Multiplayer art game

Touch for Luck is the inaugural digital commission of M+, Asia’s brand-new museum of contemporary visual culture in Hong Kong which will illuminate the M+ facade.

Touch for Luck is an interactive digital work that reflects our collaborative online presence and the mechanics of social platforms designed to hook you to the screen through a game. Staged on the M+ Facade, the pond of fish connects you to your phone and allows you to join up with others who are touching their own screens simultaneously.

Touch for Luck probes into the absurdity and problems of tour touch-fuelled online lives.

The full view of the pond will be projected on the M+ Facade, a 7000 m2 light-powered canvas facing Victoria Harbour, visible up to 1.5 kilometres away when viewed on Hong Kong Island. Players are able to see their own fish 1000x enlarged live on the M+ Facade.


In this art game your objective is to touch your phone screen without letting go. It’s all about touching your screen, and getting in touch with others who are touching their own screens simultaneously.

Your time spent touching earns you ‘Un-Touch-Time’; a time buffer during which you can have your finger lifted, without having to start over. The longer you touch, the longer you are allowed to lift your finger for. Excluding these short breaks, in a completed game you will have touched your screen for a total of three hours.

Under your touch a story unfolds. You receive small feel-good gems that begin to adorn your body. Your sustained touch keeps bringing you luck, so you can’t help but want a bit more each time.

You’re one fortunate fish. It’s all about you. Your perseverance is rewarded; your popularity grows, you gain influence over others, perhaps even wealth and power.

The gems you collect throughout the game are your ‘lucky charms’; they make you feel gratified and loved. These tokens of luck echo popular and addictive mechanisms like views, likes, followers or trending tags, but also features like face filters, selfies, popularity scores, and so on. This way, we refer to mechanics that frame our virtual identities and make people connect with their phones.

While the experience is beautiful, funny and satisfying, it probes the absurdity and problematic nature of this touch-fueled online presence.


Developing Touch for Luck was a process that lasted about two years. It started with the simple idea of people touching their phone screen simultaneously and they would see each other in one space. For the M+ Facade in Hong Kong we introduced the concept of luck and its symbolism, such as koi fish and lucky charms. The pond projected on the Facade is thus full of lucky fish.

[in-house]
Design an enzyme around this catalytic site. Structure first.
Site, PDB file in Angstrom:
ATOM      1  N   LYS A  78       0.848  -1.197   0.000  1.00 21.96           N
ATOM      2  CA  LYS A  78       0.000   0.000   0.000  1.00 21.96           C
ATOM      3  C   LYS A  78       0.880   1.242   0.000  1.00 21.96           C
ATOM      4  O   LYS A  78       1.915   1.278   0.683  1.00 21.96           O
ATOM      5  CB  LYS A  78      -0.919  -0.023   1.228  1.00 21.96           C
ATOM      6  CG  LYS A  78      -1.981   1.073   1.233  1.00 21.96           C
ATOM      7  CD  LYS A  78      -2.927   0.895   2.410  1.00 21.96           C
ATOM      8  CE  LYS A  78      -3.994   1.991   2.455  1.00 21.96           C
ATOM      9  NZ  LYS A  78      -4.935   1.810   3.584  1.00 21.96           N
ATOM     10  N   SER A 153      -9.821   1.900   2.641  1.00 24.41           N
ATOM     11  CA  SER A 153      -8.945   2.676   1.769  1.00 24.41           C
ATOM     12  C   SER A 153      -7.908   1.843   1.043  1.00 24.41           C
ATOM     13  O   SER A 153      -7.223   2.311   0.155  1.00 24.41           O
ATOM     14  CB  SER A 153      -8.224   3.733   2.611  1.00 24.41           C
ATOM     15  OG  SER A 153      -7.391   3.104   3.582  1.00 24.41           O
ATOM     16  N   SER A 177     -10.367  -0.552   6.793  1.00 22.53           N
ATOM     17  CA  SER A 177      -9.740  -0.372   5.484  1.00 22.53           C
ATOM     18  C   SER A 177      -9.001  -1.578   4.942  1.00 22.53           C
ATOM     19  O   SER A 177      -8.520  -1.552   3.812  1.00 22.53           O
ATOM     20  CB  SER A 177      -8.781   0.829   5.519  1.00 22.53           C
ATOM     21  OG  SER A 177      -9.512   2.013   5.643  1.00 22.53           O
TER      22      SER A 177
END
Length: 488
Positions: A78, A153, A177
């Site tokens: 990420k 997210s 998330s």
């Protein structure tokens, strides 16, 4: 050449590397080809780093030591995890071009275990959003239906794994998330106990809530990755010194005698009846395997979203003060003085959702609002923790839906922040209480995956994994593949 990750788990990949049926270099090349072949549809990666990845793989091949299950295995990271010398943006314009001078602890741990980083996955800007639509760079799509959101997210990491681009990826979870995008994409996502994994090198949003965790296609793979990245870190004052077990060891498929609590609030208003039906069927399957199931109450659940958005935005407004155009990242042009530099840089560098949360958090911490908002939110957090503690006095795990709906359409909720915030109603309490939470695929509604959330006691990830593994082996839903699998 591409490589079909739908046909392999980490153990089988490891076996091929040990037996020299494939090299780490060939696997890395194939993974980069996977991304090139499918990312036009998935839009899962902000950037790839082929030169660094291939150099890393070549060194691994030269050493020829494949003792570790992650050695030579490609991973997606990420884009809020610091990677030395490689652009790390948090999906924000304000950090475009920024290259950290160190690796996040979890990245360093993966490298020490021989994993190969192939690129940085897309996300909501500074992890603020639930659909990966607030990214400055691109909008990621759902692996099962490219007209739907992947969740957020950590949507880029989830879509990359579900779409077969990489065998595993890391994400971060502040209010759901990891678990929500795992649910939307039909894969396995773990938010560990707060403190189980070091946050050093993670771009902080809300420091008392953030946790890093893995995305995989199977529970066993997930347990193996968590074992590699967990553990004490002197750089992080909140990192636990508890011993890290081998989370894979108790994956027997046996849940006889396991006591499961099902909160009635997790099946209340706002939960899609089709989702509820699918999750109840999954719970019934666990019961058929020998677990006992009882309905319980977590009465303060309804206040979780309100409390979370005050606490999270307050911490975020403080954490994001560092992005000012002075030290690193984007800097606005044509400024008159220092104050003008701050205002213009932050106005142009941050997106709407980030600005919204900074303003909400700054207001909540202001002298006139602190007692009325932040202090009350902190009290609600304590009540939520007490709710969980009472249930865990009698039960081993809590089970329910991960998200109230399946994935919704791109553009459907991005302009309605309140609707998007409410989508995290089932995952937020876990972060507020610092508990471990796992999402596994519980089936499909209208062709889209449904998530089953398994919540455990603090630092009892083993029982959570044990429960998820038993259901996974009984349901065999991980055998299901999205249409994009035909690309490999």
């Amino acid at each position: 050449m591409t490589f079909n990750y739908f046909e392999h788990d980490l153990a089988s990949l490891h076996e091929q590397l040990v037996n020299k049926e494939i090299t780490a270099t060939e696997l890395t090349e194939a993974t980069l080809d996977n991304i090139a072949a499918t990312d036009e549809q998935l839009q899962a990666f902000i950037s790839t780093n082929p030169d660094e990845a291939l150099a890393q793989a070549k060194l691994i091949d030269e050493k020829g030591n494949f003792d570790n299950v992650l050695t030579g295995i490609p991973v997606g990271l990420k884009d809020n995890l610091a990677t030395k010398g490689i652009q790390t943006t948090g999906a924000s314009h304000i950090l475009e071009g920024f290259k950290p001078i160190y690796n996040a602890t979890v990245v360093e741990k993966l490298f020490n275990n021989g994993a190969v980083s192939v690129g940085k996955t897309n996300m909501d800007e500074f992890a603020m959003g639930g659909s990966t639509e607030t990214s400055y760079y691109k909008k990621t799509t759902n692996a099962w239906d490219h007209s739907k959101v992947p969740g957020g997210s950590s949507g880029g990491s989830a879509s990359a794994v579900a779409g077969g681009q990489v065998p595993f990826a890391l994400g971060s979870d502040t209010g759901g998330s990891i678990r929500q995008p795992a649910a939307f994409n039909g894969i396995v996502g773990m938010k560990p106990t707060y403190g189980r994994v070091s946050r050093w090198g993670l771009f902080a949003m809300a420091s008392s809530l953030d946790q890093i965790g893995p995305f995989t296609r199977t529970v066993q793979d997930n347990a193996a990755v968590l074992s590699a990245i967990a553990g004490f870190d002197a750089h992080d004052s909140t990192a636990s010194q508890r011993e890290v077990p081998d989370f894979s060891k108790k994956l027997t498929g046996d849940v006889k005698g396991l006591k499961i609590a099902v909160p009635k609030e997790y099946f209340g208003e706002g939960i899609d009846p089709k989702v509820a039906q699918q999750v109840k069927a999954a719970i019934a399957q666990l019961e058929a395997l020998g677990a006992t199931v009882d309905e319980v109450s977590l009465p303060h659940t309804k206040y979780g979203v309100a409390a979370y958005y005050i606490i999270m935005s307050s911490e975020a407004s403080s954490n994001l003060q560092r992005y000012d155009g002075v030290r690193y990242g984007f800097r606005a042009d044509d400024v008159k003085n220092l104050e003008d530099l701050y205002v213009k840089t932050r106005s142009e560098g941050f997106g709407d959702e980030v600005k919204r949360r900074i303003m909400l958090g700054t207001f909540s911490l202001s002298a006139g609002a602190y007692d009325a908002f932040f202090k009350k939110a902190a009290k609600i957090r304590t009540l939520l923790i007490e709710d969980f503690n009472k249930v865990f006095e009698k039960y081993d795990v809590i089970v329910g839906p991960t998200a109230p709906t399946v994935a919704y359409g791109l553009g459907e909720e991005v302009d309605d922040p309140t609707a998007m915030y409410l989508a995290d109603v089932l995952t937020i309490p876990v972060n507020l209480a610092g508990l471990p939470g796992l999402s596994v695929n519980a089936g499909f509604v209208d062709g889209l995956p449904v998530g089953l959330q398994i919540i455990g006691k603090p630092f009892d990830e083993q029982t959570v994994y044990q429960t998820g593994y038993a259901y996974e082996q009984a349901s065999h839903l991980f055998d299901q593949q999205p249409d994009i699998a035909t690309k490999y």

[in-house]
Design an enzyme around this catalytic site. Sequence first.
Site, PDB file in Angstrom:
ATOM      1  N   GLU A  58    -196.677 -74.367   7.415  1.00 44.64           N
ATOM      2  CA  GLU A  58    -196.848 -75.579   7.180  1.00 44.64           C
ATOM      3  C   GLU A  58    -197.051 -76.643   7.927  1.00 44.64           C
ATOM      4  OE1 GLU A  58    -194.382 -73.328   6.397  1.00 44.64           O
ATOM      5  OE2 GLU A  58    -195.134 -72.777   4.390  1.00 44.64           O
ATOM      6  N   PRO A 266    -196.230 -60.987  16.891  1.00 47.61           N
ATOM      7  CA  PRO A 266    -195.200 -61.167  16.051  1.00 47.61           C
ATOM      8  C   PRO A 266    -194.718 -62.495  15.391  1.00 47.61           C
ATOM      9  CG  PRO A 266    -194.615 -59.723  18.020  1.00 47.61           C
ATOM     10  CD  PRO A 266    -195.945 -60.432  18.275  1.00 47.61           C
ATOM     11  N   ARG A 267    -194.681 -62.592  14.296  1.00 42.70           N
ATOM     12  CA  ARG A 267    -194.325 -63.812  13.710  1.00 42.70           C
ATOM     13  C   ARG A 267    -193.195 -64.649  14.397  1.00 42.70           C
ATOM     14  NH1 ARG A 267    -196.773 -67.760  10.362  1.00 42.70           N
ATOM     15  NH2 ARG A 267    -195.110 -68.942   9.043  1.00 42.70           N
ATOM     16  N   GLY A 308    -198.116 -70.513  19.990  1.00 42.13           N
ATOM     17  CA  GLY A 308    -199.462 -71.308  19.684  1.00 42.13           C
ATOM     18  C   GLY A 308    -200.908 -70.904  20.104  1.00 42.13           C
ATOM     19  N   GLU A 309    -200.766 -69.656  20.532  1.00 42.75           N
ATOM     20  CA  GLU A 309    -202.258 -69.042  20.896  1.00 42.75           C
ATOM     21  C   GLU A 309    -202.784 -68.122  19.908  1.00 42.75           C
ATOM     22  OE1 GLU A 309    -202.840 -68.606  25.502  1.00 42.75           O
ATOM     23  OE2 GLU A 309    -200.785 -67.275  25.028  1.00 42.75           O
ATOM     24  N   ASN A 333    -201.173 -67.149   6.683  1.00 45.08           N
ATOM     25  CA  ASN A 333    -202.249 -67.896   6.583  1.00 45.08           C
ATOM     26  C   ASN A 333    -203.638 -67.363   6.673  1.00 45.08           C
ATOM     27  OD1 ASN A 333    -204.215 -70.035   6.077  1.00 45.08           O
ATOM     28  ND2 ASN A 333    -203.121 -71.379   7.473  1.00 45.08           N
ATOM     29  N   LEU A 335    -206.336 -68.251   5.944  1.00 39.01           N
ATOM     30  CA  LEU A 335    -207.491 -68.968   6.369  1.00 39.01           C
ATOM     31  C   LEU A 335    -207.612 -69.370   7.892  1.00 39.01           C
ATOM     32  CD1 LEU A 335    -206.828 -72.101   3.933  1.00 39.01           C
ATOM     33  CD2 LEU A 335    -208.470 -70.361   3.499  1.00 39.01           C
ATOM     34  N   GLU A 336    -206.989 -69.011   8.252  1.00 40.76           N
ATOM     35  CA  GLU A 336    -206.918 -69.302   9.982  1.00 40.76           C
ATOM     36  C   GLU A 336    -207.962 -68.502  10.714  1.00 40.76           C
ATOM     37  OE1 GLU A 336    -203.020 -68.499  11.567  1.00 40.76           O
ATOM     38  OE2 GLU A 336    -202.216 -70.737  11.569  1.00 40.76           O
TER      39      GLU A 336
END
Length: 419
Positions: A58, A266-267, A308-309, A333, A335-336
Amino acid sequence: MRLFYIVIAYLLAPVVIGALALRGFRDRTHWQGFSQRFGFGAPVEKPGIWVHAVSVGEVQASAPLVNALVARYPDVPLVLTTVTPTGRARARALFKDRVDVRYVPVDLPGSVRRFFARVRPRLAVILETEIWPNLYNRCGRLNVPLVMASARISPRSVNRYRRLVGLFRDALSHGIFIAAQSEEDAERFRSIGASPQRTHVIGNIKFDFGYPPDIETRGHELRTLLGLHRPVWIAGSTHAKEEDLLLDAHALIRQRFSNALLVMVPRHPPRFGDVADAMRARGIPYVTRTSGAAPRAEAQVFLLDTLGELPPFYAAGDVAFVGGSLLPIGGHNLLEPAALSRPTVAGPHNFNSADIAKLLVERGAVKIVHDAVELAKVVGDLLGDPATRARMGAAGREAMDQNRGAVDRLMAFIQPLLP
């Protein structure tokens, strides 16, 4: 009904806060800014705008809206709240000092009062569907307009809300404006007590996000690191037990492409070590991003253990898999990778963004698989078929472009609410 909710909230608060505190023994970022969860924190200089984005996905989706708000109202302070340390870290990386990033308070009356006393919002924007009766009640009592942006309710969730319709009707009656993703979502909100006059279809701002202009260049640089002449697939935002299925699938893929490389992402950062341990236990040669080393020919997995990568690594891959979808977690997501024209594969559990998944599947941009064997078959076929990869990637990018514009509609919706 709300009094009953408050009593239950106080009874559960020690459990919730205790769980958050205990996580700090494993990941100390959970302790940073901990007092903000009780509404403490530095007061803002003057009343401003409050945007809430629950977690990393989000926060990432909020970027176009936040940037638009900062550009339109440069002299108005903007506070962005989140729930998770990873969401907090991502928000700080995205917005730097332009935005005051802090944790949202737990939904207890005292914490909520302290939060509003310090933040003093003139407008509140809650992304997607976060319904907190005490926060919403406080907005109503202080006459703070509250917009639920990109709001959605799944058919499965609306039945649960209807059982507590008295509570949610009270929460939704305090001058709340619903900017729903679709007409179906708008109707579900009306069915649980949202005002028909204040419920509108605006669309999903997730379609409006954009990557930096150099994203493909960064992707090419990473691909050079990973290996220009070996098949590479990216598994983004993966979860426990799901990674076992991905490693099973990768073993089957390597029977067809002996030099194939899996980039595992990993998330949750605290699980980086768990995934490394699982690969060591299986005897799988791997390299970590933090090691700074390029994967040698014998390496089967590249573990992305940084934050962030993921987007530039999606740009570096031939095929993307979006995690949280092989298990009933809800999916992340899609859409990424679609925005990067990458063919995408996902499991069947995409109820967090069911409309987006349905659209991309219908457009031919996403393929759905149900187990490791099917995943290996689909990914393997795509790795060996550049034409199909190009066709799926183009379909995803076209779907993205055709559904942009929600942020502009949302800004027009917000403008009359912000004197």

I prototyped the initial look and feel of the fish in Cinema4D. Once I knew what parameters were important I rebuild the fish in Blender which is more suitable for web projects. In the browser we iterated on the movement and behaviour in code, and also added the charms. Jae Perris built a server-side collision detection system in Rust and did lots of other optimisations to make the project run smoothly.

M+ Facade

The M+ building in the West Kowloon Cultural District, Hong Kong is one of the largest museums of modern and contemporary visual culture in the world. Located at the southernmost edge of Kowloon overlooking Victoria Harbour, it is among Hong Kong’s most iconic landmarks. Designed by Herzog & de Meuron in partnership with TFP Farrells and Arup, the building is composed of a podium and a slender tower that fuse into the shape of an upside-down ‘T’.

The full view of the Touch for Luck pond will be projected on the M+ Facade. Facing Victoria Harbour, the M+ Facade lights up nightly as one of the largest media facades in the world. At 65 metres tall by 110 metres wide, it is visible up to 1.5 kilometres away when viewed on Hong Kong Island. This enormous light-powered canvas, embedded with thousands of LEDs, enlivens the Hong Kong skyline with ‘a new pond in town’.


Concept & Development

Technical Development


Sound Design

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